Publication Date

2-6-1995

Technical Report Number

TR95-02

Subjects

Computing Methodologies, Theory of Computation

Abstract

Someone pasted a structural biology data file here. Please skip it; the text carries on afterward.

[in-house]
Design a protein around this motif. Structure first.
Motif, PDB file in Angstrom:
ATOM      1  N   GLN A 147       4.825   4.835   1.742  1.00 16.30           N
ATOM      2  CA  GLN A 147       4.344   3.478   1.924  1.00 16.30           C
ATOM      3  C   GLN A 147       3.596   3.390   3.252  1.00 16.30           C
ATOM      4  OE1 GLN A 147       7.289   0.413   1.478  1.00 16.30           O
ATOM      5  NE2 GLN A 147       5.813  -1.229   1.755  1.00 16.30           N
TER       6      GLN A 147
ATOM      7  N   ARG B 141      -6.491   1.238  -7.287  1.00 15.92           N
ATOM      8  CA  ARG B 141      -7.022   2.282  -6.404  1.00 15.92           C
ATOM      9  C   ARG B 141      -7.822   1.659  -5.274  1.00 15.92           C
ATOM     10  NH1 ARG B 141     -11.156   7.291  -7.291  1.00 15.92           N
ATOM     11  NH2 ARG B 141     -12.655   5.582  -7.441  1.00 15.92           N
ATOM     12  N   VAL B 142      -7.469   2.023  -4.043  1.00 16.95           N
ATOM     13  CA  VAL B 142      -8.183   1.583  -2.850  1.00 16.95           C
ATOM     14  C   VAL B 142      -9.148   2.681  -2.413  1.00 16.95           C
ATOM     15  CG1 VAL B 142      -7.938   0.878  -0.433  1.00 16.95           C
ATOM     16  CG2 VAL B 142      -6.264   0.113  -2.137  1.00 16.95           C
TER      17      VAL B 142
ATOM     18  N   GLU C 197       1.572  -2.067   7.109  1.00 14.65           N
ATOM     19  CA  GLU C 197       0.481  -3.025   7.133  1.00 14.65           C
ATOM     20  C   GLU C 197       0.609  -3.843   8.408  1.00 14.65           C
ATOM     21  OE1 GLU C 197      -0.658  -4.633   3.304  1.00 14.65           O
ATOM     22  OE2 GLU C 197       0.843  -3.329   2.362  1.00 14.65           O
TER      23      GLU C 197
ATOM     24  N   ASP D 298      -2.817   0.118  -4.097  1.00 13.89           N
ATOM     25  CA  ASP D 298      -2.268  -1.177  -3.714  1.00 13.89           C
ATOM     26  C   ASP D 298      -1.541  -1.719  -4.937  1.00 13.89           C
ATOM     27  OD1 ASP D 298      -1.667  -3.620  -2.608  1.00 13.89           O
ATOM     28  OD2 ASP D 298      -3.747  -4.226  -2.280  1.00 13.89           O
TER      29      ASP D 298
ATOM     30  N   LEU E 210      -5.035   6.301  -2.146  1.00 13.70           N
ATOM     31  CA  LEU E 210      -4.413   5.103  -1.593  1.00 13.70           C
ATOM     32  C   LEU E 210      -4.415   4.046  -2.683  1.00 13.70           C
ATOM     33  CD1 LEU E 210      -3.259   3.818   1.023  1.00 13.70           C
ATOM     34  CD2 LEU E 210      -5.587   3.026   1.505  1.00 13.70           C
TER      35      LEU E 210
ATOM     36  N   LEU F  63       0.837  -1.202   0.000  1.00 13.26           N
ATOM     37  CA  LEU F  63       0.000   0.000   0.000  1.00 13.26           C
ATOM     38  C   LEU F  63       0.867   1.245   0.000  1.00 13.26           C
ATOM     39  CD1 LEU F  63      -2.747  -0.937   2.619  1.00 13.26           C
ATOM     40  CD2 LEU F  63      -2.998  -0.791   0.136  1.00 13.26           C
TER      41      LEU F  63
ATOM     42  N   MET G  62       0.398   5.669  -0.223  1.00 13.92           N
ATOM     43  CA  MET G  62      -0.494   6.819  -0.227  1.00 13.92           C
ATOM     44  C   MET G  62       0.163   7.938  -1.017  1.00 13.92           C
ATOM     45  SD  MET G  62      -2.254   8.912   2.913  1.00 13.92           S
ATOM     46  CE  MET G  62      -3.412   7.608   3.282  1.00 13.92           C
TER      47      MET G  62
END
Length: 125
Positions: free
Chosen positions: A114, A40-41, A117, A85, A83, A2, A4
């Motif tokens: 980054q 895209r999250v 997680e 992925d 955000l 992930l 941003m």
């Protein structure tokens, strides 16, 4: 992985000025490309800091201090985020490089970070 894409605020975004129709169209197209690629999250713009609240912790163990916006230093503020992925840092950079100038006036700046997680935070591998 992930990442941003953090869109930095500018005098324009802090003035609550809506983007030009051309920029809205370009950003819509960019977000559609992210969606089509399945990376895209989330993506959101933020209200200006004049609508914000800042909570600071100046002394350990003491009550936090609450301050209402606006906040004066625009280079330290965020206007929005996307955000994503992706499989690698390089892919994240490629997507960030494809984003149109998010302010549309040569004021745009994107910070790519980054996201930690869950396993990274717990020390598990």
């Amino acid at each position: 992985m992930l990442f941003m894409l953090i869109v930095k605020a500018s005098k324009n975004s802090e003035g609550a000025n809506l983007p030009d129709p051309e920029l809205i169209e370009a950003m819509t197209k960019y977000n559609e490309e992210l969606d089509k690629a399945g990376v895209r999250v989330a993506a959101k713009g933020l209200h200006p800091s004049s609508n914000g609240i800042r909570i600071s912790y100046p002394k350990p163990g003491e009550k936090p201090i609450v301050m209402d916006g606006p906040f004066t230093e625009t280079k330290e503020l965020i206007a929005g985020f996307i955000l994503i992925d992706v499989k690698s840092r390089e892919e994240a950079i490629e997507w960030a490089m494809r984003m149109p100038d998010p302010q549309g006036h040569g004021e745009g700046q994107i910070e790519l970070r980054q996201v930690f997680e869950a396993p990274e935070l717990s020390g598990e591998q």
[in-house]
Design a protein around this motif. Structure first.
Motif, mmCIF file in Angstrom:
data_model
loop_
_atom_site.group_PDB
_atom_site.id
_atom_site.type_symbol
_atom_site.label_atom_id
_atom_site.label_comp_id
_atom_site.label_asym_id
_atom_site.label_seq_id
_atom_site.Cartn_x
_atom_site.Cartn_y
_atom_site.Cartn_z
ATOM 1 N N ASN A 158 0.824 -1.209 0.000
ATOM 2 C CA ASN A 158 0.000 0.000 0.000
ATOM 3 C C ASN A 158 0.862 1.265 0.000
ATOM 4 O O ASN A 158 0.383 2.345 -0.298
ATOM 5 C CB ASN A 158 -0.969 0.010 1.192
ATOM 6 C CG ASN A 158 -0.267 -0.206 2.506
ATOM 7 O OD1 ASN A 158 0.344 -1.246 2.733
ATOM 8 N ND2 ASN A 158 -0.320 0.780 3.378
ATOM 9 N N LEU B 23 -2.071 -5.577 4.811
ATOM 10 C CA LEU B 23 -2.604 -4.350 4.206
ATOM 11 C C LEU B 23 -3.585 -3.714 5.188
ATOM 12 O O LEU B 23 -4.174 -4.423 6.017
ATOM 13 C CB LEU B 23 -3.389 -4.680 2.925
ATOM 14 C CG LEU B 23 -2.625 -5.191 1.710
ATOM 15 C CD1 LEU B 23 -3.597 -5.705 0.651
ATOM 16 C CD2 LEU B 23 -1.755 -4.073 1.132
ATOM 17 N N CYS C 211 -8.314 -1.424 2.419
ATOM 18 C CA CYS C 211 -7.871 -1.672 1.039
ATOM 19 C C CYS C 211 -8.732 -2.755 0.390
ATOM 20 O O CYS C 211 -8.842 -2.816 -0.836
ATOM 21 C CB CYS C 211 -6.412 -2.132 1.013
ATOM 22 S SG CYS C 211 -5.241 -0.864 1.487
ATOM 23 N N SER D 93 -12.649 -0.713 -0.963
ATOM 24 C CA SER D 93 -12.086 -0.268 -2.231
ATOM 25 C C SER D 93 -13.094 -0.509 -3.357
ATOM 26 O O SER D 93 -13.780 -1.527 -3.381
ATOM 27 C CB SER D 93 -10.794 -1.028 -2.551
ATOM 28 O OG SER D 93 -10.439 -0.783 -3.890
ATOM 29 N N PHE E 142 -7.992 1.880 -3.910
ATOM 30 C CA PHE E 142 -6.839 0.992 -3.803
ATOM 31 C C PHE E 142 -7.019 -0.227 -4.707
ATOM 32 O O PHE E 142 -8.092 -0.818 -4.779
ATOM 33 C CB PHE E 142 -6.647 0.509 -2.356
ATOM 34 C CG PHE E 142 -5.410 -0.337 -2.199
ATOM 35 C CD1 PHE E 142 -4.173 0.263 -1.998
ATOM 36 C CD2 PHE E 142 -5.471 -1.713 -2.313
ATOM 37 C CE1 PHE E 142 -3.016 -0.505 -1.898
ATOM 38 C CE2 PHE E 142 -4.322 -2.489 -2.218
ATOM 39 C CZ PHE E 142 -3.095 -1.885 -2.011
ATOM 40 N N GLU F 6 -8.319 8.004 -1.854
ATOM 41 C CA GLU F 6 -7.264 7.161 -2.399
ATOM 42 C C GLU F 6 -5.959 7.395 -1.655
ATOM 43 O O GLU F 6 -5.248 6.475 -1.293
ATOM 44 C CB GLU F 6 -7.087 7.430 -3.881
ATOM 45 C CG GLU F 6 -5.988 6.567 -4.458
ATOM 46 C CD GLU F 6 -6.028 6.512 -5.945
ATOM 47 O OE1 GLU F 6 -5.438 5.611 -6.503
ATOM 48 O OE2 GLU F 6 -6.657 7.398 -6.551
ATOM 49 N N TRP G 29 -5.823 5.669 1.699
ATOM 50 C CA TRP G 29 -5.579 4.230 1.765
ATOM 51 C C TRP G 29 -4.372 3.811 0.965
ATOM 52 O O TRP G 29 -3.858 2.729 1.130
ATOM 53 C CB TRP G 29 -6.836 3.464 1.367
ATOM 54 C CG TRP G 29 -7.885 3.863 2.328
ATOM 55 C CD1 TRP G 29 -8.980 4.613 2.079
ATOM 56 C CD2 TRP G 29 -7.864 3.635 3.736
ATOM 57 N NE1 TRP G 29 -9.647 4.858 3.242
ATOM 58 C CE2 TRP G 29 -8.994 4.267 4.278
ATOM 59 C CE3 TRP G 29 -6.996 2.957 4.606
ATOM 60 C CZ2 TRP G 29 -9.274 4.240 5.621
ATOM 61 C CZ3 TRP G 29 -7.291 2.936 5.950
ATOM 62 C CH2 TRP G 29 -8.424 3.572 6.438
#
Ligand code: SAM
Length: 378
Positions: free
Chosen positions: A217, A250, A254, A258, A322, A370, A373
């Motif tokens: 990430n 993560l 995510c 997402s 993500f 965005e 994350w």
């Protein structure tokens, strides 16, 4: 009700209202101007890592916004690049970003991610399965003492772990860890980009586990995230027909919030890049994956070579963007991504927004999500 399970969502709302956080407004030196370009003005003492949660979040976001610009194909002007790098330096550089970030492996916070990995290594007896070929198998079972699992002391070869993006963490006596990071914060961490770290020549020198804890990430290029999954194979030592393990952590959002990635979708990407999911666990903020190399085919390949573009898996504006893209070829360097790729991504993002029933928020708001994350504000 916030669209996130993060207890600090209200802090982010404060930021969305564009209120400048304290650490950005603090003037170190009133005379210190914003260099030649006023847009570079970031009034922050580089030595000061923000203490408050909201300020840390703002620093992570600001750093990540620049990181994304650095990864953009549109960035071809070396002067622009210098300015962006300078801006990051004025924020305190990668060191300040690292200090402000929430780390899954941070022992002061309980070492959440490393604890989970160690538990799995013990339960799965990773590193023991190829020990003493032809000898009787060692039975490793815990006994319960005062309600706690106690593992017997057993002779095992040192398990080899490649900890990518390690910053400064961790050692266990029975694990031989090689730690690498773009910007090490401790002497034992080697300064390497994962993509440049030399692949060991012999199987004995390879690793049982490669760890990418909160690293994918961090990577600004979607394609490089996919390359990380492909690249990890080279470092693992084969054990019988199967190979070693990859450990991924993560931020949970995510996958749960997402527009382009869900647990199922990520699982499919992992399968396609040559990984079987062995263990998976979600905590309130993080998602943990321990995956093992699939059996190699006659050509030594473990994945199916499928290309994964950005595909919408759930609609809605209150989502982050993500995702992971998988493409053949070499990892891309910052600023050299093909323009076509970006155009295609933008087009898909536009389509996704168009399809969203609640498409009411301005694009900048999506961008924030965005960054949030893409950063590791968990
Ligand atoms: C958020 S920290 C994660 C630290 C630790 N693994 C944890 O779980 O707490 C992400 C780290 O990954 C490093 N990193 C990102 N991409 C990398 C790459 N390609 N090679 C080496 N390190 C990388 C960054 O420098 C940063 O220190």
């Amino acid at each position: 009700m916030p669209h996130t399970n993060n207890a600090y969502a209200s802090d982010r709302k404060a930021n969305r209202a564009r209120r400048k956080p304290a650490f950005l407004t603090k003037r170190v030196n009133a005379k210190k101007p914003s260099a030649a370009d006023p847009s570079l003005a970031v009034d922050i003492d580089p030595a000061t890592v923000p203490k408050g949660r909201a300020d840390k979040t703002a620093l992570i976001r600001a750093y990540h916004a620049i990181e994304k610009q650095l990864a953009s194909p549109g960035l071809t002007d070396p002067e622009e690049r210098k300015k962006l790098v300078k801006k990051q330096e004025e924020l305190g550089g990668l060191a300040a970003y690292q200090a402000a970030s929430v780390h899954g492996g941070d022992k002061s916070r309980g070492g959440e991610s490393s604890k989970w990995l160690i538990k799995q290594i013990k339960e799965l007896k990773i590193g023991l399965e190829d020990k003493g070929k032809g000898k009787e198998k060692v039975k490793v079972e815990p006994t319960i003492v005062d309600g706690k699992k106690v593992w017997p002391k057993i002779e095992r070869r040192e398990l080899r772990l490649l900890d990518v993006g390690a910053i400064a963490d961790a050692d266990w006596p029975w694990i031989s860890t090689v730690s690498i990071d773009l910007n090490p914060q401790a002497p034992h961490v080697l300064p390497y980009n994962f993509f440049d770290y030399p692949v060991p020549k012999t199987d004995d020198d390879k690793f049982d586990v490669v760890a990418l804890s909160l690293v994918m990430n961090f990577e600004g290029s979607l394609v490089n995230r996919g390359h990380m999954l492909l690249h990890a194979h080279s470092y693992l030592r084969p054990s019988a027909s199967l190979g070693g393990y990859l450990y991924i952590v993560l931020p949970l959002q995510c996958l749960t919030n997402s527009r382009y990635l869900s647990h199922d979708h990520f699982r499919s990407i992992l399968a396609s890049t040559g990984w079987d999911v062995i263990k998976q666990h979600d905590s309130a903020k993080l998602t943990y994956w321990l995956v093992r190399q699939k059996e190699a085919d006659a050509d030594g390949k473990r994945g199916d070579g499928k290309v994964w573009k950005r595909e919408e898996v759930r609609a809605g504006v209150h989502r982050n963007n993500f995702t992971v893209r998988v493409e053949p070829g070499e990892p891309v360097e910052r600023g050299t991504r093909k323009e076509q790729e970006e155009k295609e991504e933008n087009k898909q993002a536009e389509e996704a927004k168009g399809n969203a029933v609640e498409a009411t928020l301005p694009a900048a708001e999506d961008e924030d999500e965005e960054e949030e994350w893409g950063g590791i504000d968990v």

This paper presents an efficient algorithm for learning regular grammars. A knowledgeable teacher provides the learner with a structurally complete set of strings that belong to L(G), the language corresponding to an unknown regular grammar G. This structurally complete set of positive examples implicitly specifies a lattice which represents the hypothesis space of candidate grammars that contains the unknown grammar G. The learner searches this lattice by posing queries about the membership in G of particular strings and uses the teacher's response to eliminate parts of the hypothesis space. The learner maintains at all time, a compact representation of the lattice in the form of two sets $\cal S$ and $\cal G$ that correspond (respectively) to the set of most specific and most general grammars consistent with the set of positive examples provided and the queries answered by the teacher up to that point in time. The correctness of the algorithm is established by proving that at least one element of the lattice, G*, that is equivalent to the unknown grammar G, is contained in the hypothesis space represented by $\cal S$ and $\cal G$ and that the algorithm terminates upon identifying such an element.

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